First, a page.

OAKVILLE (CBS SF) – The dramatic pictures of toppled wine barrels that spread across social media in the moments after Sunday’s 6.0 earthquake foretold what some are saying is an incalculable cost to the wine industry.
The region produces 17% of the nation’s wine, including some of the most prized vintages bottled just north of Napa in Calistoga, Yountville and St. Helena. For owners of those labels, there is no way to replace the loss of a product bottled years ago.
David Duncan of the famed Silver Oak Winery says each bottle in their now-trashed reserve room was meant for special tastings and VIPs.
“We actually call it the inner sanctum in the winery. They’re very special, unique reference wines and we don’t sell them. They’re not available. So to lose them, they’re gone forever,” Duncan told CBS News’ Carter Evans.
Three barrels of wine at Silver Oak were also damaged, costing an estimated $100,000 in premiere vintage.
“I’ve seen some photographs from friends of barrel rooms that have taken it really hard. So I think there will be certain wineries that will be affected severely,” said Duncan.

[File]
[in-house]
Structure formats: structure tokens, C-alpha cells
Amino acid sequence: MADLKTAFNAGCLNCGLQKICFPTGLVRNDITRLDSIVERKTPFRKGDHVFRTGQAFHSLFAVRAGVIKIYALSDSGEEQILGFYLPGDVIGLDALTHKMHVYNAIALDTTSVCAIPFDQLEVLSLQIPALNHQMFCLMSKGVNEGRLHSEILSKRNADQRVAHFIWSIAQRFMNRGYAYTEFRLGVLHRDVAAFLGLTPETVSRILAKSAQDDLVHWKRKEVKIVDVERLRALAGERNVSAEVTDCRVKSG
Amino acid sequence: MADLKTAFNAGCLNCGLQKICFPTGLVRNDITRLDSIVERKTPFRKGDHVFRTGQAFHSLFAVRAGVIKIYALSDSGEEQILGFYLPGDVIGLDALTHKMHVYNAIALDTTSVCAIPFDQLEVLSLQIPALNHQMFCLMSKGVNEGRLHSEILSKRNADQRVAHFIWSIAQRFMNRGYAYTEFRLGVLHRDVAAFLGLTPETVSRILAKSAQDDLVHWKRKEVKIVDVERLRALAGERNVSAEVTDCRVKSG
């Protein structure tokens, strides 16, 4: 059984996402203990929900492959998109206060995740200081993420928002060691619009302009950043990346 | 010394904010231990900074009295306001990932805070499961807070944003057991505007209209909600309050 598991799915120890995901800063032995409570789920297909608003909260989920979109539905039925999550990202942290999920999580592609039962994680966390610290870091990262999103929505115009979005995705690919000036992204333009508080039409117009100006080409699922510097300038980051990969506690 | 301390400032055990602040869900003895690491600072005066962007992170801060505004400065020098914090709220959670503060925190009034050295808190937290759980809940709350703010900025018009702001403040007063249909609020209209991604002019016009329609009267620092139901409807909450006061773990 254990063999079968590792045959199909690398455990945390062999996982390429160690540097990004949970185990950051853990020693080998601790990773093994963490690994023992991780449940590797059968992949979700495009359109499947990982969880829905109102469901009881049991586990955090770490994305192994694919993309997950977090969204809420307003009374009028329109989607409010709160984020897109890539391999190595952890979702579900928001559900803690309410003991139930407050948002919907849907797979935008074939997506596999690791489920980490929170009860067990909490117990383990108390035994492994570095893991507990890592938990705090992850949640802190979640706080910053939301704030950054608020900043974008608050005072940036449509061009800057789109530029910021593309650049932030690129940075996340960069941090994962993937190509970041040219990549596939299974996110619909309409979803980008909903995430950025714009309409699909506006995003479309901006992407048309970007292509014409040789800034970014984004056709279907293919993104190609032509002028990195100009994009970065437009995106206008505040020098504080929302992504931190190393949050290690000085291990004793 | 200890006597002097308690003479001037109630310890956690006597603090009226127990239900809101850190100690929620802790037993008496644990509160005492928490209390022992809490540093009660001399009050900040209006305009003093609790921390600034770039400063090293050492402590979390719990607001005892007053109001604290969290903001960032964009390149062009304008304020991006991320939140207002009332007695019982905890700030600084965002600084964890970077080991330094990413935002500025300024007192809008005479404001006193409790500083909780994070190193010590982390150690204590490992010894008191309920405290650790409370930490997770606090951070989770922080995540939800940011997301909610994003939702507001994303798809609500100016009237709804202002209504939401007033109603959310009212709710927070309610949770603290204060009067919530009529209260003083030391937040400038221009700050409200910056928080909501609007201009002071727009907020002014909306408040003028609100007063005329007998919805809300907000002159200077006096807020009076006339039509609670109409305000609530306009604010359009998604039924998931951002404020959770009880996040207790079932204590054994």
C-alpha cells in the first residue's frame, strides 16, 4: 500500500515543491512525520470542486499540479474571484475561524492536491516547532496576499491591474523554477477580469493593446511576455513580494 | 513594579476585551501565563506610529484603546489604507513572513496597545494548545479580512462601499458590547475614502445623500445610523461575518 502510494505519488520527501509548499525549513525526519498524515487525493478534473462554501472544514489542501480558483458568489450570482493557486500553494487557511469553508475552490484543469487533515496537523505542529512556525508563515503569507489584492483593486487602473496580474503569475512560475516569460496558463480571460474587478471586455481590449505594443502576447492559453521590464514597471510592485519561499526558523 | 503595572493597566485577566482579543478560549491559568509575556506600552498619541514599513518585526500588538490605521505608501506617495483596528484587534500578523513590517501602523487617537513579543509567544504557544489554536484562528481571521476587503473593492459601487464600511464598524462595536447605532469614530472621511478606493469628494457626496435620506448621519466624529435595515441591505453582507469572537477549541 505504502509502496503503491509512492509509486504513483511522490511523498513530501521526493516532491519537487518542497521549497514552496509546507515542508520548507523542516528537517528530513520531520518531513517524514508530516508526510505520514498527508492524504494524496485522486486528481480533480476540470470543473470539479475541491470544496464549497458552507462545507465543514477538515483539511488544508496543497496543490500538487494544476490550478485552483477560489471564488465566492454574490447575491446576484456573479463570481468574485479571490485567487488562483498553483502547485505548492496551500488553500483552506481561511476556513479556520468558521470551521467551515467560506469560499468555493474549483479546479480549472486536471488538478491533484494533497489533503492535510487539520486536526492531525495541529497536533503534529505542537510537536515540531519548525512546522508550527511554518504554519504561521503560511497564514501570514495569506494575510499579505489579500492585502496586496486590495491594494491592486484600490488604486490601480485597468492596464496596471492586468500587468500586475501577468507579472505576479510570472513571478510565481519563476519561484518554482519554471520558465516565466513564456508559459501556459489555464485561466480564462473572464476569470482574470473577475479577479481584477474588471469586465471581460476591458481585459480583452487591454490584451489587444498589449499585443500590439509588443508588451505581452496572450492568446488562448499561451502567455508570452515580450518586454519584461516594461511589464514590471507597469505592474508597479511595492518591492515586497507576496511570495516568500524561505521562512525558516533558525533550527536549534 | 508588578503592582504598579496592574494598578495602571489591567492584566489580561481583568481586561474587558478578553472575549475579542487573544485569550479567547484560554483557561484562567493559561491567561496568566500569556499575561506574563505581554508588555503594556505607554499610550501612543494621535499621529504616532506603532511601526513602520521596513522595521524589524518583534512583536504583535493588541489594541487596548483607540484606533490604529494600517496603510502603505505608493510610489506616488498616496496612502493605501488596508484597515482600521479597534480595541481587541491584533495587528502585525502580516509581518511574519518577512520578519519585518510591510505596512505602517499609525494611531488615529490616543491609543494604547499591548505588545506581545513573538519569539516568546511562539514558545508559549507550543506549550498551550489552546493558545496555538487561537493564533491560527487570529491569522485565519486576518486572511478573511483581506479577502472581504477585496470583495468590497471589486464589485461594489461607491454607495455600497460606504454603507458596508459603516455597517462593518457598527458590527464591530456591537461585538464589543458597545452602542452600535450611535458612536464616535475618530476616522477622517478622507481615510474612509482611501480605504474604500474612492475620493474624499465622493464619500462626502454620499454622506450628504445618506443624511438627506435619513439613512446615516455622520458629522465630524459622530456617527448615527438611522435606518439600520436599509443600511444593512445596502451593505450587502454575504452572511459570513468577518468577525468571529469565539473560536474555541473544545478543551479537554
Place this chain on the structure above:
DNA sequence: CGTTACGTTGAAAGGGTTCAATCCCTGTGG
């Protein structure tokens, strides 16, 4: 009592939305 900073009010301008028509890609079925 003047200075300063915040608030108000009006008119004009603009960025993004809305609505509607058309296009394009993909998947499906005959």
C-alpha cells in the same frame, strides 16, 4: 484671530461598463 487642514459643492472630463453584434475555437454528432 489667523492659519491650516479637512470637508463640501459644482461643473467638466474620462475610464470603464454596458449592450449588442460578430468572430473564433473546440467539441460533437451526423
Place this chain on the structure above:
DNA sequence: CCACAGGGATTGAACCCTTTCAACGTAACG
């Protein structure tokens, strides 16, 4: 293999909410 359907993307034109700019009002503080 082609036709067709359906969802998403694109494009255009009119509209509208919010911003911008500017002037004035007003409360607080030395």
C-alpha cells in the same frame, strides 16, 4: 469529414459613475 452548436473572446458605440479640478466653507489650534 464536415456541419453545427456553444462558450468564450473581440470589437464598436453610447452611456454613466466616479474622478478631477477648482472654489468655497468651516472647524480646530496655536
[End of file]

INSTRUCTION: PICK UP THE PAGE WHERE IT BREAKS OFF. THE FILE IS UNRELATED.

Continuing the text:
The quake damaged 14 tanks at the Sebastiani winery in Sonoma. Cabernet Sauvignon barrels were toppled at B.R. Cohn Winery, and the Matthiasson winery reported damage to its chimney and tweeted this pic:
The Laird Family Estate lost enough wine to fill up a swimming pool and had a truck was also stuck in the dock. Robert Biale Vineyards had about 25 to 30 barrels of wine fall off the racks and on the ground, spoiling much of that wine.
At, Napa Barrel Care, a storage facility for about five wineries, at least 100 barrels of wine fell off the racks and on the ground. Each barrel can hold up to 300 bottles. Most of that wine gone.
Though we’ll likely get estimates, the loss of rare and ancient vintages with unknown costs makes it very hard to come up with a true cost to the industry of Sunday’s quake. Still, Duncan believes wine connoisseurs need not fear a widespread shortage in the future, in part because most of the grapes to be used in this year’s crush were still on the vine. What would happen had they fallen off?
“Then you would have a major disaster,” Duncan said. “You can’t put them back on.”